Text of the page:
The Treasurer’s House in York, North Yorkshire, England is a Grade I listed historic house owned by the National Trust who also maintain its garden. It is located directly to the north of York Minster.
The first Treasurer for York Minster was appointed in 1091 when the office was established by Archbishop of York Thomas of Bayeux, but all that remains of his original house is an external wall which forms part of Grays Court and sections of 12th-century masonry in the present Treasurer’s House for which it is uncertain whether they are in-situ or have been reused. As the controller of the finances of the Minster the Treasurer required a grand residence to be able to entertain important guests.
The residence served in this capacity until 1547, when the Reformation of the English Church brought the job of Treasurer to an end. The last Treasurer surrendered the house to the crown on 26 May and it was granted to Protector Somerset by whom it was sold to Archbishop Robert Holgate. Thomas Young, Archbishop between 1561 and 1568, and his descendants are responsible for the structure of house as it is today. In the early 17th century the Young family added the symmetrical front and almost entirely rebuilt the house. In 1617, the Treasurer’s House played host to royalty when Sir George Young entertained King James I. The house then passed through a number of private owners including Lord Fairfax and over time was sub-divided into separate tenements.
The house was restored to its present state by Frank Green, a wealthy local industrialist, who between 1897 and 1898 bought each part of the house. He appointed Temple Moore to restore the house and remove numerous earlier additions. This work was mostly completed by 1900 and when Frank Green retired and moved away from York in 1930 the house and its contents were given to the National Trust.
The house was built directly over one of the main Roman roads leading out of Roman York to the North. During major structural changes, carried out by Green, four Roman column bases were uncovered, one of which remains in-situ in the cellar and one of which was used as a base for a modern set of columns in the main hall.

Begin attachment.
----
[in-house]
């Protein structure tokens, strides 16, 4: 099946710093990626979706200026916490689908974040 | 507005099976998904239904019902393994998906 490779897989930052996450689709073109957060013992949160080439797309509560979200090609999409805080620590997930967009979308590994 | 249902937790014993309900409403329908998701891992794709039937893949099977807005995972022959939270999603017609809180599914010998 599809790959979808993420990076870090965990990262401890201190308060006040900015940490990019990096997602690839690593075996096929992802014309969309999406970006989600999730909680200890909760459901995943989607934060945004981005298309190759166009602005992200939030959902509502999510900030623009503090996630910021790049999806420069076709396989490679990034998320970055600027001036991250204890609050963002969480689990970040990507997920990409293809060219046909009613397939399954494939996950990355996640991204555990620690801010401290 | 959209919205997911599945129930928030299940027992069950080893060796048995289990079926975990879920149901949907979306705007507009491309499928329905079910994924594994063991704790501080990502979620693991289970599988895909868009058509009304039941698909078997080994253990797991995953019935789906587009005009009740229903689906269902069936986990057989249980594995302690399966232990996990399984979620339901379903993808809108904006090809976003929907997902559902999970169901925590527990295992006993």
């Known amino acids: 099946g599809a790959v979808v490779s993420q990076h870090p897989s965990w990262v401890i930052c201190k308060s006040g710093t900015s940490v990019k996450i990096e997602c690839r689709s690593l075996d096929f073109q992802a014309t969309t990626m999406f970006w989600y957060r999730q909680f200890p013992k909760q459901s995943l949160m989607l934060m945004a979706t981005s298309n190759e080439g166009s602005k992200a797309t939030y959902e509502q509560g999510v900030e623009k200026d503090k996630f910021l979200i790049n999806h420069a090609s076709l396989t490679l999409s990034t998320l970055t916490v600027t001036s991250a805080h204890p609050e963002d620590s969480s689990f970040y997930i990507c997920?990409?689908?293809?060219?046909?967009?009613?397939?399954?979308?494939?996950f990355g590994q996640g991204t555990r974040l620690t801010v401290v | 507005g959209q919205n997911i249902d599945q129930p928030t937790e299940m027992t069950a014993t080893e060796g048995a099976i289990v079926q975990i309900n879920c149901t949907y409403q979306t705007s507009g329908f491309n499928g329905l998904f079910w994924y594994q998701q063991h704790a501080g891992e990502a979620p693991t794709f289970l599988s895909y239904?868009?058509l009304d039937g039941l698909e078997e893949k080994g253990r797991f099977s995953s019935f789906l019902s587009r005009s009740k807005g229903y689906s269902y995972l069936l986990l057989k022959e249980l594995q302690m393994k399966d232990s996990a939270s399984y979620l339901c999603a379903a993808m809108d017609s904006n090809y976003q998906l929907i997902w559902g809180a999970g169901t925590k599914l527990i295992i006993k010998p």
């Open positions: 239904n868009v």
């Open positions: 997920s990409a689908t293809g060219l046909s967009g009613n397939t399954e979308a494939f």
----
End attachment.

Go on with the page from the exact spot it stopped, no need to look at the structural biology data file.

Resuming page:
Treasurer’s House is open to the public for a small admission fee, and free to members of the National Trust. The garden and Below Stairs Café are free to enter. Cellar and attic tours are available, depending on the time of year.
Roman soldiers apparition
Several ghosts reportedly haunt the house, including that of George Aislaby who owned the property in the seventeenth century. However, the most notable haunting is by a group of Roman soldiers who have been witnessed in the cellar, firstly by a party guest of Frank Green and then many years later during restoration works carried out by the National Trust. In 1953, local 18-year-old apprentice plumber Harry Martindale was repairing pipe work in the cellar, the National Trust having decided to remove the coal-fired central heating installed by Green. After about four hours of work at the top of his ladder, Martindale became aware of a musical sound, resembling a series of repeated single trumpet-like notes. The sound grew in intensity until, just below his ladder, Martindale reported that he saw a soldier, wearing a plumed helmet, emerge from the wall, followed by a cart horse and about nine or ten pairs of other Roman soldiers. Martindale fell, terrified, from his ladder and stumbled into a corner to hide. The soldiers appeared to be armed legionaries, visible only from the knees up, in a marching formation, but were “scruffy”. They were distinctive in three ways: they carried round shields on their left arms, they carried some kind of daggers in scabbards on their right side and they wore green tunics. When they descended to the level of the Roman road, on which Martindale had stood his ladder, he was able to see that they wore open sandals with leather straps to the knees.
The experience so frightened Martindale that it was several weeks before he returned to his job as a plumber. Many years later, excavations in the city revealed that the descriptions of the soldiers’ dress given by Martindale, at first dismissed as anomalous, in fact matched those of local reserve soldiers who took over the Roman garrison when the regular soldiers began returning to Rome in the fifth century. During the course of his long life Martindale recounted his experience many times, but never changed any of the details and always refused any payment.
The Treasurer’s House was visited in the first episode of the Discovery Channel television series Ghosthunters.